Parable of the Good Samaritan: Benchmarks for Sin
The desolate road connecting Jerusalem to Jericho

Parable of the Good Samaritan: Benchmarks for Sin

In contrast to the three relatively unimportant towns of Galilee I discussed in my last blog post are the five other cities mentioned in Luke 10. All of them span the pages of both Old and New Testaments. We’ll divide these cities into two groups for our discussion.

Another Three Cities

The ancient city of Sodom was well known to First Century Jews as it is to Christians today. In spite of the fact that it had ceased to exist as a political entity before Israel or the church ever came into being, it retains its fame as a place destroyed by the direct intervention of God in human affairs (Genesis 19:1-29).

There is within the Old Testament a long tradition of using Sodom as a benchmark for sin. Israel is warned that it will suffer a fate similar to Sodom’s if it breaks God’s covenant (Deuteronomy 29:23; 32:32). Each of the major prophets used the city as a label, sometimes for unrepentant Israel, but also for the city of Jerusalem and for false prophets. Foreign peoples, including Edom, Moab, and Babylon are compared to Sodom as well.

Tyre and Sidon, often mentioned in “one breath” in Scripture, are the other two yardsticks Christ used in His condemnation of Bethsaida, Capernaum, and Chorazin. These two cities are rightly joined, for they are connected by a common culture, that of the seafaring Phoenicians. Tyre and Sidon were two of the principal cities of these people, the others being Byblos and Aradus.

The four cities were somewhat independent, working together in a loose confederation somewhat like the cities of the Philistines. At times Tyre, and then Sidon, assumed the foremost position as the Phoenician capital. Tyre was the capital of King Hiram, who maintained peaceful relations with King David, and later, King Solomon, supplying timber for use in the temple Solomon built.

So why do these two cities take their place next to Sodom? Jezebel! This princess, daughter of King Ethbaal, married the apostate King Ahab, a notoriously evil king of Israel. Jezebel wielded an evil influence over Ahab that resulted in the persecution and death of many of God’s faithful. It was Jezebel who so terrified Elijah that he fled the northern kingdom when he learned she planned to kill him.

Before we move on to consider our final two cities, it is worth noting that the prophet Ezekiel also used Tyre as a symbol of evil. After a condemnation of the “prince of Tyre,” Ezekiel moves on to condemn the “king of Tyre,” who is clearly not human. This striking poetic passage describes Satan’s rebellion against God and subsequent ejection from “the mountain of God” (Ezekiel 28:11-19).

Treacherous Journey

The final two cities to consider are Jerusalem and Jericho, which seem to hold no symbolic significance in Luke 10. Each is mentioned once, and those references are within the parable, in which Jesus speaks of a man traveling from Jerusalem to Jericho.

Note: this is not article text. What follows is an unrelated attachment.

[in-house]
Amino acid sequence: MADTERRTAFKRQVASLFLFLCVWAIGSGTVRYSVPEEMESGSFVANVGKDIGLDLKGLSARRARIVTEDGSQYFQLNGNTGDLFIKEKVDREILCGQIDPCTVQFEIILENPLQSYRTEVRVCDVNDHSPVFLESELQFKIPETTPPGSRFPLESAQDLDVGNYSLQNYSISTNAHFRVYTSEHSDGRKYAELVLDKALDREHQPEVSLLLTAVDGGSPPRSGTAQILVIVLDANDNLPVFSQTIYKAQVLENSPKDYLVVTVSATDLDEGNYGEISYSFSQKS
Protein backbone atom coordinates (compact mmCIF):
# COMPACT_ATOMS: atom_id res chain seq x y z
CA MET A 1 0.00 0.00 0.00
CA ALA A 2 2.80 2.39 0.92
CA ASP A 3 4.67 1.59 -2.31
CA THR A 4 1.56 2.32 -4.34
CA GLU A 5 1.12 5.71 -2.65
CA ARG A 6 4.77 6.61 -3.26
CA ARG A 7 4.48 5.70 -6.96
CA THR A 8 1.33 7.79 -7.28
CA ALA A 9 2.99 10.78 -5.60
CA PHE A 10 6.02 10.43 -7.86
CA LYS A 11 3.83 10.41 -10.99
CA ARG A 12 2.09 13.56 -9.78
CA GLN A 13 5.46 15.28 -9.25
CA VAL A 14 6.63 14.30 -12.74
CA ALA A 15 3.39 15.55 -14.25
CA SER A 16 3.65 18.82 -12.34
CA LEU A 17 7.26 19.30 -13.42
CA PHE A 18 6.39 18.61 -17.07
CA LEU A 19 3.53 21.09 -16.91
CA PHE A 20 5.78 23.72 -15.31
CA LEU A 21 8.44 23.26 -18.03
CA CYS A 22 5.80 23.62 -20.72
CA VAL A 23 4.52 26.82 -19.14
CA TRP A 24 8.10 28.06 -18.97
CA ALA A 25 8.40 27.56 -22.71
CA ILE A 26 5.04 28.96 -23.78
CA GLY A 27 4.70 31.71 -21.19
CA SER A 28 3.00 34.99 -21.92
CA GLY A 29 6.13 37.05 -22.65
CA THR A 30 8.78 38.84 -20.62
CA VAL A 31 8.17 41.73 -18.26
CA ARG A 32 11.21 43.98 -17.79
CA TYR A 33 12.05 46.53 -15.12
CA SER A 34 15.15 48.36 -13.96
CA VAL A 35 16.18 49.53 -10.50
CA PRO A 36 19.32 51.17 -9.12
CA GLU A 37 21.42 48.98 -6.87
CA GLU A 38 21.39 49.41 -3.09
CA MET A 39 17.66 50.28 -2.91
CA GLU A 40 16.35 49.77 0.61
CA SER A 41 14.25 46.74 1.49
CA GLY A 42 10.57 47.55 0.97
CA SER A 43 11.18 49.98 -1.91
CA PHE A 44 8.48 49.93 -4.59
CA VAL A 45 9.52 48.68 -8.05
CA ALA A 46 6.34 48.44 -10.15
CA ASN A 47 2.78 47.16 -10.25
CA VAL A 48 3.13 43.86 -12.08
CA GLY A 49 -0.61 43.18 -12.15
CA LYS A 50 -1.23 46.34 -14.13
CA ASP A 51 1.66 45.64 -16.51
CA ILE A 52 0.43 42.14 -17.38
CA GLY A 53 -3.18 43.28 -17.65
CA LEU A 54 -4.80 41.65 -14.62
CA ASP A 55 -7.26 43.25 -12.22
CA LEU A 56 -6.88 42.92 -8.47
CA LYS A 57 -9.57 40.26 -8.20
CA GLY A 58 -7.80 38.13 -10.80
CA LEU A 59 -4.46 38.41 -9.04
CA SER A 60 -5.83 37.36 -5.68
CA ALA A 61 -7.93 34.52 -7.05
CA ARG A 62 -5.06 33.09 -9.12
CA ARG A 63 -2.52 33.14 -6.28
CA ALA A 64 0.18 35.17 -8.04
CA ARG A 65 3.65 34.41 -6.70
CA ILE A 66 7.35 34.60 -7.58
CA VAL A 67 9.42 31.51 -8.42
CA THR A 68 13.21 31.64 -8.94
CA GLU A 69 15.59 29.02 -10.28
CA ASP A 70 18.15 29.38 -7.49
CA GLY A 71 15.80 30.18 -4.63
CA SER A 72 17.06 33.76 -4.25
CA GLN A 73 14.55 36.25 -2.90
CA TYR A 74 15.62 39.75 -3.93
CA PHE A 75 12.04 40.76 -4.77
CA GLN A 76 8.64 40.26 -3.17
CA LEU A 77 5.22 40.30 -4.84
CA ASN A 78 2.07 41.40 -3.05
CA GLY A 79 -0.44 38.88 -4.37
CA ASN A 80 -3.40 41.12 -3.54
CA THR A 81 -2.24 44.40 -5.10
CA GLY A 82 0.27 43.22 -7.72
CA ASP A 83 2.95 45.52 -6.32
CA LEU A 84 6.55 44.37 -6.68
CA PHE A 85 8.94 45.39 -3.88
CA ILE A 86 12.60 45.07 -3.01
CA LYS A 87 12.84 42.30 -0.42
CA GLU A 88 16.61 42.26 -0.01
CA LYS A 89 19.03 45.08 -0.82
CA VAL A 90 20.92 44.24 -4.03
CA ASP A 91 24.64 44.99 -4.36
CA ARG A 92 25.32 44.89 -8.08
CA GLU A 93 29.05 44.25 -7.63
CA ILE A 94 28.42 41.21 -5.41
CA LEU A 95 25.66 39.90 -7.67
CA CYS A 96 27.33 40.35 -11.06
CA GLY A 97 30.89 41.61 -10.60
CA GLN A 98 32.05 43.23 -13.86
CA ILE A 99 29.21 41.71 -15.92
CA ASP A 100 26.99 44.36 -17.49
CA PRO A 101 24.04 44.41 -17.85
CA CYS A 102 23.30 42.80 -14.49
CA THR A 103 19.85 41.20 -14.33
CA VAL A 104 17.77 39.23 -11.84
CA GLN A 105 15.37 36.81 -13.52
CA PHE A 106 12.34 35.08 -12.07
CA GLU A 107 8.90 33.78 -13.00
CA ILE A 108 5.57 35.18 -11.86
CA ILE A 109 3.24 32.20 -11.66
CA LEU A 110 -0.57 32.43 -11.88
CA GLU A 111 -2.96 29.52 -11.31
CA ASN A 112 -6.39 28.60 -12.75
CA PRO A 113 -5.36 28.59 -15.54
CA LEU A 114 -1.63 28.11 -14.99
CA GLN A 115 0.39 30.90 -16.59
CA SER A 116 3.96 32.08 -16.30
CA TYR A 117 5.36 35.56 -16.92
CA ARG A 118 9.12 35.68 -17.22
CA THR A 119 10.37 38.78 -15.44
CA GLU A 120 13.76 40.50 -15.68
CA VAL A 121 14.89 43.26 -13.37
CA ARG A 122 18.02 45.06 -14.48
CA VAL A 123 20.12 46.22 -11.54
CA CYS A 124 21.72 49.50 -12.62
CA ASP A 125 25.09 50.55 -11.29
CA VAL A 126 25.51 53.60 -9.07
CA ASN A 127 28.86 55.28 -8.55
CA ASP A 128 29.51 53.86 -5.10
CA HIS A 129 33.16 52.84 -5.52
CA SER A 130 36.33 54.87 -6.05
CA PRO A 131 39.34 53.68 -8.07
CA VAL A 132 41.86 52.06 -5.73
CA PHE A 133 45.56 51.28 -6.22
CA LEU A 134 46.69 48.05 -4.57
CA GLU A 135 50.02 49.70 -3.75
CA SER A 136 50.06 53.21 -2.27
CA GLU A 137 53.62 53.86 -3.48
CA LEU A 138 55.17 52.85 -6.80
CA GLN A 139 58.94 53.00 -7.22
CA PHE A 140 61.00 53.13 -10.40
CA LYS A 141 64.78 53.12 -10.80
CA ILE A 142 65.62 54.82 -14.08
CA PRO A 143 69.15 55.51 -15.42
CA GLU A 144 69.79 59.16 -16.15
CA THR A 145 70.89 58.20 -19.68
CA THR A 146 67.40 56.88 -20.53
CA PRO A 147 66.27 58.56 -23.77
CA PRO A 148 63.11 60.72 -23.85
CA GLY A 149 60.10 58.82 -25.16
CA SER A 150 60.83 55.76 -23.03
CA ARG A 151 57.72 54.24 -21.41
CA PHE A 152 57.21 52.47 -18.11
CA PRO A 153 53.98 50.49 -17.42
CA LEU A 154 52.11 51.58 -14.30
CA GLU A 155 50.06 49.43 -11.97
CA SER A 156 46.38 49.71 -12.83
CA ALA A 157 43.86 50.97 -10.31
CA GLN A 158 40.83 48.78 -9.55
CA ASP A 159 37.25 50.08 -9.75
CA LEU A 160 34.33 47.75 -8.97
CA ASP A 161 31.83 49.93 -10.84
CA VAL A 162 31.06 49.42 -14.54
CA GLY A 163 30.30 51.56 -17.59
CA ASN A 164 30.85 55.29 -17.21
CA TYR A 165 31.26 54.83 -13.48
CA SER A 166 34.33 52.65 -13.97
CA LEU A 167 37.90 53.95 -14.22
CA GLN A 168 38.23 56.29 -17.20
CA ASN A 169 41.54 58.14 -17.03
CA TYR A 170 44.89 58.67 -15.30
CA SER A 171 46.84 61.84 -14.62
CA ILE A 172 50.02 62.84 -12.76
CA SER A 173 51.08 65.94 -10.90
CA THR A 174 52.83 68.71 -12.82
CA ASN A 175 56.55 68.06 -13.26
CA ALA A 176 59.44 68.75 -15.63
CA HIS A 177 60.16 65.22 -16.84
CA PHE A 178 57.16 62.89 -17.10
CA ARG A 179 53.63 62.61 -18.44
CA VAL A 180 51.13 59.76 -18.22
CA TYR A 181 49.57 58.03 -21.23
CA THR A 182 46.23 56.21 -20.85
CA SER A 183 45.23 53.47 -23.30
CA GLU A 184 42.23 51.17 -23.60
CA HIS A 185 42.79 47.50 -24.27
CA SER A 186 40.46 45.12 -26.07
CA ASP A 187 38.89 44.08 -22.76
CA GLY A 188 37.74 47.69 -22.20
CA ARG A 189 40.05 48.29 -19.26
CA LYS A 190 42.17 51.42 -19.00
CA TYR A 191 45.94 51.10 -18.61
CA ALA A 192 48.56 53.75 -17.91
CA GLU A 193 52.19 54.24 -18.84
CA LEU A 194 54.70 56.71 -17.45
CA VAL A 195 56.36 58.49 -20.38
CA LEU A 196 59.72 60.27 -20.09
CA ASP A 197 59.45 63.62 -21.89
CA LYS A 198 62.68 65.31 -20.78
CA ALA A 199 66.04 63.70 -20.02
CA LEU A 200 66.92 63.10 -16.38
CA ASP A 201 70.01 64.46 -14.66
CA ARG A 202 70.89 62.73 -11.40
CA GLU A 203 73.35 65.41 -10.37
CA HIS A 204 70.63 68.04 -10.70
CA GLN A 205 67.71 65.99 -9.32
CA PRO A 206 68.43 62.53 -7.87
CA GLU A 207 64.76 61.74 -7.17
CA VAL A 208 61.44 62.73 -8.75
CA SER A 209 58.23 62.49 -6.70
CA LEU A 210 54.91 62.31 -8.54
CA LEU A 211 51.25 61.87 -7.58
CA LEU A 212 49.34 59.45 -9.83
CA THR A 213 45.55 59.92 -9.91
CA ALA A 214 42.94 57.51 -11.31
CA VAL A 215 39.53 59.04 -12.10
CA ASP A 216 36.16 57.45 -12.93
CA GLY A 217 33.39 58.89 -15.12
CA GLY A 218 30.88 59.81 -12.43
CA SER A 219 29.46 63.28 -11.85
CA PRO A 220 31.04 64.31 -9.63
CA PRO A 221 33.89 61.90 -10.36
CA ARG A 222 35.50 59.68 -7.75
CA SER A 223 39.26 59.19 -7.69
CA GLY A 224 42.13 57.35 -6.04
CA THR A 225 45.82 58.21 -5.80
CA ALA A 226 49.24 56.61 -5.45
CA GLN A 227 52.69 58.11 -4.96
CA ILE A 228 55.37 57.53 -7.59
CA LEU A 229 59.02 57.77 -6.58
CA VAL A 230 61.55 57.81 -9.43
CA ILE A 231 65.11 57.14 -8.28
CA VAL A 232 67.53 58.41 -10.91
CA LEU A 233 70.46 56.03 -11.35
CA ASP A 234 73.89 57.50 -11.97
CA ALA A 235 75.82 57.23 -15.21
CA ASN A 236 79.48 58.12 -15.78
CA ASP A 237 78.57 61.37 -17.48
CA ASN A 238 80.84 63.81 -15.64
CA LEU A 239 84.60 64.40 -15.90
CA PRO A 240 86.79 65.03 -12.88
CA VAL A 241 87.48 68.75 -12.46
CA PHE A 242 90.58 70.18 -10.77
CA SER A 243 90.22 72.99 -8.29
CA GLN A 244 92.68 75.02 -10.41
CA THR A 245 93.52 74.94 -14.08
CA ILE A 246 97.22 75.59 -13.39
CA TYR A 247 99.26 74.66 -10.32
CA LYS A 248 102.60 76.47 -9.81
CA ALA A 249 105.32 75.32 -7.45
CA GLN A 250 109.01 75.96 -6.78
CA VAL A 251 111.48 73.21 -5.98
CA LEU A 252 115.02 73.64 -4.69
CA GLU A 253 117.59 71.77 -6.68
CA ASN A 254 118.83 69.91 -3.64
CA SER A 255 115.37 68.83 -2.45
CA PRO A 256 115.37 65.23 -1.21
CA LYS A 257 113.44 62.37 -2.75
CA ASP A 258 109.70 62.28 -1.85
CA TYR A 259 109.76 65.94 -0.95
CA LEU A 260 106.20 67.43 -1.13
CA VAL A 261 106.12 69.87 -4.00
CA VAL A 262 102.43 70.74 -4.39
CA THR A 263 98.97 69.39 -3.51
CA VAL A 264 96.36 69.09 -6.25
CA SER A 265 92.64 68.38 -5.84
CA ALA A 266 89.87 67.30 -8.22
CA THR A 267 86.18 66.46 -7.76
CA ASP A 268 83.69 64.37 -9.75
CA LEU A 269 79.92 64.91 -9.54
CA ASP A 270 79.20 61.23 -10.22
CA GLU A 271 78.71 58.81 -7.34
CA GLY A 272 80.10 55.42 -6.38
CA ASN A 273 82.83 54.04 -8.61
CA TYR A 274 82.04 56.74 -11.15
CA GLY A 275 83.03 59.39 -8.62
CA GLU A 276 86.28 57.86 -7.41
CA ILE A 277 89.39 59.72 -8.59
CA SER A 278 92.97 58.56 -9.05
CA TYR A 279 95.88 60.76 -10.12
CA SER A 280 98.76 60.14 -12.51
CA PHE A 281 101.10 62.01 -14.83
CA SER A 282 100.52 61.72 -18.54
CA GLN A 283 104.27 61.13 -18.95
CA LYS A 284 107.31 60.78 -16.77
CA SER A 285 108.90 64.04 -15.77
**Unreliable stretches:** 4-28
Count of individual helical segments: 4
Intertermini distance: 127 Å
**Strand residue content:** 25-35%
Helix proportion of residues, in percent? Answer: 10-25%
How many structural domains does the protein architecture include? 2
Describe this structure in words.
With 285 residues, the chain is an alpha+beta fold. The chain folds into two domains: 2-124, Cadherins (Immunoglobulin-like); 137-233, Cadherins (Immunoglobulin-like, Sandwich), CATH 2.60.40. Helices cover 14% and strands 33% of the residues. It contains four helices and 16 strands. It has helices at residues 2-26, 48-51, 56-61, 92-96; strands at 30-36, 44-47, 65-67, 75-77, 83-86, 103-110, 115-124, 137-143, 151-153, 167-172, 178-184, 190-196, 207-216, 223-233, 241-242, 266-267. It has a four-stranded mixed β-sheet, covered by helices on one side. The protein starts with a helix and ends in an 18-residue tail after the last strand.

Jerusalem, of course, takes center stage in Scripture. It was the headquarters of Melchizedek, who blessed Abraham. It was the capital established by King David, and it was the place where King Solomon built the temple. And it was the place where Christ was crucified. To discuss it in more detail would take us away from our objective of shedding light on the Parable of the Good Samaritan.

For most of us, Jericho is immediately recognized as the city where the walls fell down for Joshua and the children of Israel when they first entered the Promised Land. What might be less familiar is the New Testament role of the city. King Herod, in an effort to escape the chill of Jerusalem, established a winter palace in Jericho.

Though just 17 miles apart, Jerusalem and Jericho were a world apart in terms of climate. At an elevation of 2,500 feet, Jerusalem sits astride a mountain ridge that runs roughly north to south in Judea. Jericho, on the other hand, sits on a flat plain at 1,200 feet below sea level. Its position next to the main ford across the Jordan River, and at the confluence of several valleys that lead up into the Judean hill country, gives the city strategic and economic value. Trade flowed through the city, making it an ideal location for collecting taxes (Luke 19:1-2).

The mountain ridge overlooking Jericho trapped most rainclouds blown inland from the Mediterranean Sea, depriving the city of any significant rainfall. Fortunately for Jericho, a nearby spring provided its water needs, making the city an oasis in a desolate region.

Traveling between Jerusalem and Jericho would have been difficult for a variety of reasons, including the 3,700-foot difference in elevation and the barren terrain devoid of water. The Ascent of Blood, perhaps so named for the red ochre mineral deposits, may also have hinted at another ever-present danger, robbers.

What are some of your thoughts as you have been digging into the background for this parable? I’d love to see your comments!

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